33. The computer storage medium of claim 29, further including instructions that, in response to a user writing amending characters in order to change less than an entire word of previously recognized characters, produce a set of one or more alternatives for each amending character, group the characters not amended with the sets produced for the amending characters, and cause the looking up instructions to be executed using the grouped characters and sets.
34. The computer storage medium of claim 29, further including instructions that, in response to a user writing an amending character in order to change a previously recognized character, produce a set of one or more alternatives for the amending character using the recognizer and exclude from the set an alternative that is identical to the previously recognized character.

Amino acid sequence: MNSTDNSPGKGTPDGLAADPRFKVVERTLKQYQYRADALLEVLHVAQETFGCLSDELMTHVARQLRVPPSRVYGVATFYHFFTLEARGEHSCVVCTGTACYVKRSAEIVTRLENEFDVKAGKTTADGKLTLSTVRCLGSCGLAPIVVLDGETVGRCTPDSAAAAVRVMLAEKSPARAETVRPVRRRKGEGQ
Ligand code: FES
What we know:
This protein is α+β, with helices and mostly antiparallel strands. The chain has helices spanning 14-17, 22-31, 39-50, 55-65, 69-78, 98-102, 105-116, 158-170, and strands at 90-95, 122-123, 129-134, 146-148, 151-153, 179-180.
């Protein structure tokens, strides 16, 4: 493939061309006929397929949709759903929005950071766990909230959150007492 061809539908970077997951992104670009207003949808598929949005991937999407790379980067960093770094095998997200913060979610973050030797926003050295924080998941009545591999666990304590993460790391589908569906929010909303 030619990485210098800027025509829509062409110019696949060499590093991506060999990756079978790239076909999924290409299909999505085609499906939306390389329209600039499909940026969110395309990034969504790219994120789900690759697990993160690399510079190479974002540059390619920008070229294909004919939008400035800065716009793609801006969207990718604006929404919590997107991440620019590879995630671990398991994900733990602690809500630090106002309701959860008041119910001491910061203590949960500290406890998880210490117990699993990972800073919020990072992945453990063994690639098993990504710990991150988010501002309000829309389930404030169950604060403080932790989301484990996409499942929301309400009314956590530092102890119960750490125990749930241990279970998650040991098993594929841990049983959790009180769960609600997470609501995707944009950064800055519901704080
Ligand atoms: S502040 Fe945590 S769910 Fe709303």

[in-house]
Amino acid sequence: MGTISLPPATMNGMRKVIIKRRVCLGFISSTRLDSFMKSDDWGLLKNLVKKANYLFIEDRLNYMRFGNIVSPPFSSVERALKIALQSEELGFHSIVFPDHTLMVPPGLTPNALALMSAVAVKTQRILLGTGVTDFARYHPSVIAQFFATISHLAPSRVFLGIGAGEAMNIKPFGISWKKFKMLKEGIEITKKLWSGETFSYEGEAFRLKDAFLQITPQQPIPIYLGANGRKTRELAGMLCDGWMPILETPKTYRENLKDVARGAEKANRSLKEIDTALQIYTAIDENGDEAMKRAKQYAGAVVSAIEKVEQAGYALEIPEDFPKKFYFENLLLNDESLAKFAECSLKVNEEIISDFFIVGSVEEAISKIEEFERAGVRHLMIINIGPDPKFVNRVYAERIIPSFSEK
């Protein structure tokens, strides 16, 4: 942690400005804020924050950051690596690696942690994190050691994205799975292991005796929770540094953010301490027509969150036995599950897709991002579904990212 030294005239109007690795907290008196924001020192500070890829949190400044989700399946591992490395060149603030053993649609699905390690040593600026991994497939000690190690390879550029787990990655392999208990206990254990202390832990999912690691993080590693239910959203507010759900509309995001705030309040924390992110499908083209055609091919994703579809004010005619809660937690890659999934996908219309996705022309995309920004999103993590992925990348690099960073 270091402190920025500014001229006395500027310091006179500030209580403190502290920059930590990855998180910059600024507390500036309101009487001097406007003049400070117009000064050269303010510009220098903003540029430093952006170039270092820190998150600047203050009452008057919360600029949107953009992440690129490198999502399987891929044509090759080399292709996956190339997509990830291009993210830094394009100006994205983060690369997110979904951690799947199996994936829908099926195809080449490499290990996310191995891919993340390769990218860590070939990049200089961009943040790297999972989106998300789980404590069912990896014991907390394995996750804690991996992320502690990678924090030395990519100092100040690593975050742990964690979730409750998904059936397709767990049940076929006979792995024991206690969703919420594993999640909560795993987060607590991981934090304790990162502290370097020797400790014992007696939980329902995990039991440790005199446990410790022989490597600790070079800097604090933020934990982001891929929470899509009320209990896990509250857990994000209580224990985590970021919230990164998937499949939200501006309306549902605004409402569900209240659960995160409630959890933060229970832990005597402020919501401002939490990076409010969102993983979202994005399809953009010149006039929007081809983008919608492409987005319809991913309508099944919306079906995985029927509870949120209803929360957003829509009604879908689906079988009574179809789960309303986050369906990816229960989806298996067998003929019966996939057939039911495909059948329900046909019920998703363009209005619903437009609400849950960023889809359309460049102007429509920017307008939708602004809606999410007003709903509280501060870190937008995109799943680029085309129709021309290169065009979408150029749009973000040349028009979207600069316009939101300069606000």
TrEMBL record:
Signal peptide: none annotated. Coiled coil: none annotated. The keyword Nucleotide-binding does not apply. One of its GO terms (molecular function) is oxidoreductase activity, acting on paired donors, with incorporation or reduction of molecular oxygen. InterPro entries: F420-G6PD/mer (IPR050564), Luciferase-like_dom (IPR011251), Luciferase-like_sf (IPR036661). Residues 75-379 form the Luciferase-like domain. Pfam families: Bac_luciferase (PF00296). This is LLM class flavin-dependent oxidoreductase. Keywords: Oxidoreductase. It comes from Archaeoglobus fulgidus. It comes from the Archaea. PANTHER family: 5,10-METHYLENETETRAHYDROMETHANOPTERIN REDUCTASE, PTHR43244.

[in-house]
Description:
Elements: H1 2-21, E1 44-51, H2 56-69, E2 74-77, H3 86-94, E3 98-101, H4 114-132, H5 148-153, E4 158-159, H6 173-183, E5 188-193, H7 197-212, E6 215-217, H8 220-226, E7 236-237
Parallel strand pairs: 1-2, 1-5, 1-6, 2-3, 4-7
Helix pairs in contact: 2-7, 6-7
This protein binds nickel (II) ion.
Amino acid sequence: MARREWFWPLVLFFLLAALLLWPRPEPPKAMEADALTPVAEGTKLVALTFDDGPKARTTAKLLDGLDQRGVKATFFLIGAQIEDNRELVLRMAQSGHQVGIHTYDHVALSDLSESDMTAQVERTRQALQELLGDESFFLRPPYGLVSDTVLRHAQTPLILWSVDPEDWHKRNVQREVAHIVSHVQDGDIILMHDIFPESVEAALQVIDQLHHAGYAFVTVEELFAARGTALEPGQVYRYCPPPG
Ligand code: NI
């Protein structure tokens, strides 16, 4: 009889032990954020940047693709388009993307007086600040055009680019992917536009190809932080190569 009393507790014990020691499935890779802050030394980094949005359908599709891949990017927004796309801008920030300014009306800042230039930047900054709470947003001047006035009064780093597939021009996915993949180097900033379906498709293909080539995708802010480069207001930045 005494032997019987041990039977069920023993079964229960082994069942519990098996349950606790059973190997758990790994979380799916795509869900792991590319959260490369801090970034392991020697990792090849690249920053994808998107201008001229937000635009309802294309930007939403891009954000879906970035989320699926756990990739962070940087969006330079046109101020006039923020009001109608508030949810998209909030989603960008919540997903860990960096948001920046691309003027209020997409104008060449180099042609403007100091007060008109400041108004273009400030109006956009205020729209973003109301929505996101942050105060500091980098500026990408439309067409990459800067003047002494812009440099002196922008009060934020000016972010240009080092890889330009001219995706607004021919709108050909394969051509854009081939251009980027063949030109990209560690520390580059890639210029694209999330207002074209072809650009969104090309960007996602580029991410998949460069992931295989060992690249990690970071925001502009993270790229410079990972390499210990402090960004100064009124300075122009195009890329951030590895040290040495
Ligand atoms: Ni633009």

Description
CROSS-REFERENCE TO RELATED APPLICATION

This application is a continuation of U.S. patent application Ser. No. 07/919,218, filed Jul. 24, 1992, now abandoned.

TECHNICAL FIELD

This invention is related to a method and apparatus for handwriting recognition, and more particularly, to the recognition of handwritten words using a computer dictionary.

BACKGROUND OF THE INVENTION

Handwriting recognition systems allow users to input handwritten data into a computer. The user writes data on an electronic tablet with a special pen, and as the user moves the pen across the tablet, the tablet displays to the user lines which in appearance are much like handwritten lines on a paper tablet. A computer program handwriting recognizer, given data as a set of strokes, attempts to recognize the set of strokes as characters in an alphabet. The recognizer recognizes by comparing the set of strokes forming a symbol with stored character models.